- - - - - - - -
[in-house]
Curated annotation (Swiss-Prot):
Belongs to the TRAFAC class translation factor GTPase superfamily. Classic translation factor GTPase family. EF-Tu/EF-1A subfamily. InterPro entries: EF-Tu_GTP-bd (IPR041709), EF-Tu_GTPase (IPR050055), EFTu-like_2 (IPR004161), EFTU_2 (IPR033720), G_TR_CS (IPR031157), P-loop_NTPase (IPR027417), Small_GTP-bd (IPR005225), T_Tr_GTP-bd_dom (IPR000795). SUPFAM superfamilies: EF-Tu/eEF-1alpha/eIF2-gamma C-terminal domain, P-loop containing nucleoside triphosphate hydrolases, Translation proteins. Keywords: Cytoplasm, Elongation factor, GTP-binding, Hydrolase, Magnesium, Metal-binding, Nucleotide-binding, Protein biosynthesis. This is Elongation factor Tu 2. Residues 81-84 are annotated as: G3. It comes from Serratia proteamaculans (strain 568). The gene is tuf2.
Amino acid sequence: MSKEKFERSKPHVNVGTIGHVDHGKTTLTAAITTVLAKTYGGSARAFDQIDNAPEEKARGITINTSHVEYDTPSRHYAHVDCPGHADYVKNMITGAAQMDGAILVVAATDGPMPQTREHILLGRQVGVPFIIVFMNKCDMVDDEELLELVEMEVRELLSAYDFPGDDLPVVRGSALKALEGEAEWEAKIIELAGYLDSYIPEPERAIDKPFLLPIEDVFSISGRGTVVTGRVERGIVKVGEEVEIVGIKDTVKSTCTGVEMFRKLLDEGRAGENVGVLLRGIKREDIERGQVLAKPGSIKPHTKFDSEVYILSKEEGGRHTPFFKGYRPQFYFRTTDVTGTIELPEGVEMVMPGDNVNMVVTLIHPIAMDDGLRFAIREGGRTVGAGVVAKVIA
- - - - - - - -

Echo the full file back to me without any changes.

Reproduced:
[in-house]
Curated annotation (Swiss-Prot):
Belongs to the TRAFAC class translation factor GTPase superfamily. Classic translation factor GTPase family. EF-Tu/EF-1A subfamily. InterPro entries: EF-Tu_GTP-bd (IPR041709), EF-Tu_GTPase (IPR050055), EFTu-like_2 (IPR004161), EFTU_2 (IPR033720), G_TR_CS (IPR031157), P-loop_NTPase (IPR027417), Small_GTP-bd (IPR005225), T_Tr_GTP-bd_dom (IPR000795). SUPFAM superfamilies: EF-Tu/eEF-1alpha/eIF2-gamma C-terminal domain, P-loop containing nucleoside triphosphate hydrolases, Translation proteins. Keywords: Cytoplasm, Elongation factor, GTP-binding, Hydrolase, Magnesium, Metal-binding, Nucleotide-binding, Protein biosynthesis. This is Elongation factor Tu 2. Residues 81-84 are annotated as: G3. It comes from Serratia proteamaculans (strain 568). The gene is tuf2.
Amino acid sequence: MSKEKFERSKPHVNVGTIGHVDHGKTTLTAAITTVLAKTYGGSARAFDQIDNAPEEKARGITINTSHVEYDTPSRHYAHVDCPGHADYVKNMITGAAQMDGAILVVAATDGPMPQTREHILLGRQVGVPFIIVFMNKCDMVDDEELLELVEMEVRELLSAYDFPGDDLPVVRGSALKALEGEAEWEAKIIELAGYLDSYIPEPERAIDKPFLLPIEDVFSISGRGTVVTGRVERGIVKVGEEVEIVGIKDTVKSTCTGVEMFRKLLDEGRAGENVGVLLRGIKREDIERGQVLAKPGSIKPHTKFDSEVYILSKEEGGRHTPFFKGYRPQFYFRTTDVTGTIELPEGVEMVMPGDNVNMVVTLIHPIAMDDGLRFAIREGGRTVGAGVVAKVIA